"The results will redefine the prime minister's political destiny and his future course of action," an aide to Modi in the capital, New Delhi, told Reuters.
Post-election surveys had suggested Modi's BJP had done enough to come first in Uttar Pradesh, home to one in six Indians, but that it might fall short of an outright majority.
The exit polls, which are often wrong in India, also put the BJP ahead in three of four other states that will declare election outcomes on Saturday.
According to early voting trends, opposition Congress party was leading in Punjab, while the BJP was ahead in Uttarakhand and in the coastal state of Goa. Results of a ballot in a fifth state, Manipur, were also due on Saturday.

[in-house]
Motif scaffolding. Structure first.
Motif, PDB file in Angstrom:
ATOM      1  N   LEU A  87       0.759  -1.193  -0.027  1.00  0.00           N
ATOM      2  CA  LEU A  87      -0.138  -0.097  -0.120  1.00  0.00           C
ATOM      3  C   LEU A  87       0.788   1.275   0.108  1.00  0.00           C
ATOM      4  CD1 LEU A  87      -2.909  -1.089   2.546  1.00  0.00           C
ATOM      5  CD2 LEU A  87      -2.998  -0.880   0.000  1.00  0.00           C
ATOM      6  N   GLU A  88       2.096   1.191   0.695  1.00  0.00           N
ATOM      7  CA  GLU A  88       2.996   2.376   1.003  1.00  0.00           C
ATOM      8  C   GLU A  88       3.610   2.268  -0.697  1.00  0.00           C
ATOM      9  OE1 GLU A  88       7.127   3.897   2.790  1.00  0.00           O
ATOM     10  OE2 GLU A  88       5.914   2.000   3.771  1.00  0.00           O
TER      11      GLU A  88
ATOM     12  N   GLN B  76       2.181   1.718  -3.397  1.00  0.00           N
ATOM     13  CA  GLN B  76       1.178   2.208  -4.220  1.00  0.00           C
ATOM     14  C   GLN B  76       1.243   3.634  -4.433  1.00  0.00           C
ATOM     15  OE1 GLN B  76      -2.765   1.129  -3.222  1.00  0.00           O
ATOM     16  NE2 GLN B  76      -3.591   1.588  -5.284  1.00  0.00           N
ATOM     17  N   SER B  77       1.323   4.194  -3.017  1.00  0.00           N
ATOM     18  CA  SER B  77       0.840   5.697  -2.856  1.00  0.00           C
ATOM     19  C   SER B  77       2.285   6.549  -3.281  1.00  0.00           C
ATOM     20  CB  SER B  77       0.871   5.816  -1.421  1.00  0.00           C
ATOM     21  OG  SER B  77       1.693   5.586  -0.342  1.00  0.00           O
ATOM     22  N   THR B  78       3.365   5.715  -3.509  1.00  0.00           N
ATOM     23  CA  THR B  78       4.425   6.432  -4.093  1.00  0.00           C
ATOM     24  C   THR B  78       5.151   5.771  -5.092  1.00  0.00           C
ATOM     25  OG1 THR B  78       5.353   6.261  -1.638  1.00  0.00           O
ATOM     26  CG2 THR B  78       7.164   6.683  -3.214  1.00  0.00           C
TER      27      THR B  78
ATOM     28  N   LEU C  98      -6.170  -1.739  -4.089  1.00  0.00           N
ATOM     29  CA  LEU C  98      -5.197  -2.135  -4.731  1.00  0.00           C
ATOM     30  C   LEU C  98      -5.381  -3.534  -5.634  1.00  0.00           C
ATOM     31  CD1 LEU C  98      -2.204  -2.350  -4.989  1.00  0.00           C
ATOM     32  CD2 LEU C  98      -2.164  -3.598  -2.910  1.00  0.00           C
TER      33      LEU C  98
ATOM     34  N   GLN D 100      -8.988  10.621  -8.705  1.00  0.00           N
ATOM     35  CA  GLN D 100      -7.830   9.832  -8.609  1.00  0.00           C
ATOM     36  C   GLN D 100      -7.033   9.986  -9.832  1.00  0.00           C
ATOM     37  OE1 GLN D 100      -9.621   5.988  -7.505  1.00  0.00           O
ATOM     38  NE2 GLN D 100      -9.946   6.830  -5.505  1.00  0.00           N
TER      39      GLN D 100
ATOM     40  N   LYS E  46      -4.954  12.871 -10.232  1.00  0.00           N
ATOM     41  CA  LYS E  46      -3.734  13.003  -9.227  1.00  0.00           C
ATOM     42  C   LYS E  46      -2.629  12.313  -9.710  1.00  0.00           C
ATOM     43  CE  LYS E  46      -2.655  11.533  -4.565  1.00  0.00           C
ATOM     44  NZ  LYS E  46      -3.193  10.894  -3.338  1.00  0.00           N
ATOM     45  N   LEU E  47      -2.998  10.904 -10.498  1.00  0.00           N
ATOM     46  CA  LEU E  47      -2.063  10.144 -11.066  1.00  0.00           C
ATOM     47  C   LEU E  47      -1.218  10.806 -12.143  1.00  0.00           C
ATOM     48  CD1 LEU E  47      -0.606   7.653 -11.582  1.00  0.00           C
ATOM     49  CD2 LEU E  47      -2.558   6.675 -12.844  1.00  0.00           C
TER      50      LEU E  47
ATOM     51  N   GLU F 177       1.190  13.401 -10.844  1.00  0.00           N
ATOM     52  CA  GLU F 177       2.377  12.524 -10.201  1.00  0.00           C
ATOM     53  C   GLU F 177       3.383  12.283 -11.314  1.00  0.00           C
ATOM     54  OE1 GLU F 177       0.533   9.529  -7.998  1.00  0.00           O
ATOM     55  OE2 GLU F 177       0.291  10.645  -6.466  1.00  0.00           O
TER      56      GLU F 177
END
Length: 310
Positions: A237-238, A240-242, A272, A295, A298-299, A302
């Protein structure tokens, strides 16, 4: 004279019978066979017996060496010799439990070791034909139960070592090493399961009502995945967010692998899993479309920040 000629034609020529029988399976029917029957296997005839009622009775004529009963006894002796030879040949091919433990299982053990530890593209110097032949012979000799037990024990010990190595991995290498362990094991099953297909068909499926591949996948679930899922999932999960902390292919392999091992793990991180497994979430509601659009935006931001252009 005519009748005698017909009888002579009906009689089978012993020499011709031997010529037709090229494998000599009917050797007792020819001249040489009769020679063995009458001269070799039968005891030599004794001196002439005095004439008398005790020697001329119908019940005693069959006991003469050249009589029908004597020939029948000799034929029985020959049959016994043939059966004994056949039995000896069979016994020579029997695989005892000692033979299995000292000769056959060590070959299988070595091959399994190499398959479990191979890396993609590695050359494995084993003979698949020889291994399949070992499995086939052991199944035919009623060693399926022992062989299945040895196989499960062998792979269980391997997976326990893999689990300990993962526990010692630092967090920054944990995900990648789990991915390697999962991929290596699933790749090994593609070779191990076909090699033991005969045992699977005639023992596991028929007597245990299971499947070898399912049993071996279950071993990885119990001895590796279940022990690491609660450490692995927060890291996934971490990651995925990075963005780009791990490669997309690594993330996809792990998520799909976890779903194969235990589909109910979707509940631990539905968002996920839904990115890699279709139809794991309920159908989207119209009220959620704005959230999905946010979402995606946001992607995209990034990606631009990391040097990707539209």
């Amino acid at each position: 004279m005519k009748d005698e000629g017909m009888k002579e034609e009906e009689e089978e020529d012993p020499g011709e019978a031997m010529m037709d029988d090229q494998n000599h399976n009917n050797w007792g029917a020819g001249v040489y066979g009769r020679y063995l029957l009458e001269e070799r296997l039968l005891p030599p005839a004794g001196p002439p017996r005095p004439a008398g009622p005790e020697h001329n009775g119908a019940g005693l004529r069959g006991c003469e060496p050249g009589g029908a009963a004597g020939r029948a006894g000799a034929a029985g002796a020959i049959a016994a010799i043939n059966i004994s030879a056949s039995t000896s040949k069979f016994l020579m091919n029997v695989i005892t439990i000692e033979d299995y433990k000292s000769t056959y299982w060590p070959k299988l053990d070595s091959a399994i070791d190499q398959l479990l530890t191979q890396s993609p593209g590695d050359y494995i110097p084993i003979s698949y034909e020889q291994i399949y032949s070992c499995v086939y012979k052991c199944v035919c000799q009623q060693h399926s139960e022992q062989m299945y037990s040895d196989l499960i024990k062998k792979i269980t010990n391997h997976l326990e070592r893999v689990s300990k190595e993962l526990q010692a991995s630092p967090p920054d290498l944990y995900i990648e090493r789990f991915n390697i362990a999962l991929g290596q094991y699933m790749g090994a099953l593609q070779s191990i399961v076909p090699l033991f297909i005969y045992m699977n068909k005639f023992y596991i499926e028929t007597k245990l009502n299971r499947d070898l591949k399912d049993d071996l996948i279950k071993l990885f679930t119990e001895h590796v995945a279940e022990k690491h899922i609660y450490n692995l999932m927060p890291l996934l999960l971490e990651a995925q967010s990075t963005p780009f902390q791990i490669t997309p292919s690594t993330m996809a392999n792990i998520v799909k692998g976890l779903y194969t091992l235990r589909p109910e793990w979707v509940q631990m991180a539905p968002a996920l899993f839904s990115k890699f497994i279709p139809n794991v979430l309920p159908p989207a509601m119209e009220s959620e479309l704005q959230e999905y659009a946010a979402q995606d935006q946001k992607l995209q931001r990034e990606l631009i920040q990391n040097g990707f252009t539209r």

Voting in Uttar Pradesh, a state of 220 million people, was conducted in seven stages and ended on Thursday.
The BJP's opponents include an alliance between Congress and the ruling Samajwadi Party, a tie-up that caught Modi's party off guard. A better than expected showing by a third party could complicate the picture as results filter out.
A strong BJP showing would be welcomed by investors counting on further economic reforms - including the launch of a national sales tax - in the absence of any credible opponent who might halt Modi's march to a second term in 2019.
Short of a majority, the BJP could see opponents block its path to power in the state by forming a coalition, although Modi's party will also look to convince its smaller rivals to join forces.
"If the BJP fails to secure a majority, then Modi's economic decisions will be questioned and his failure to create jobs will impact his political future," said Mohan Guruswamy, who heads the Centre for Policy Alternatives, an independent think-tank.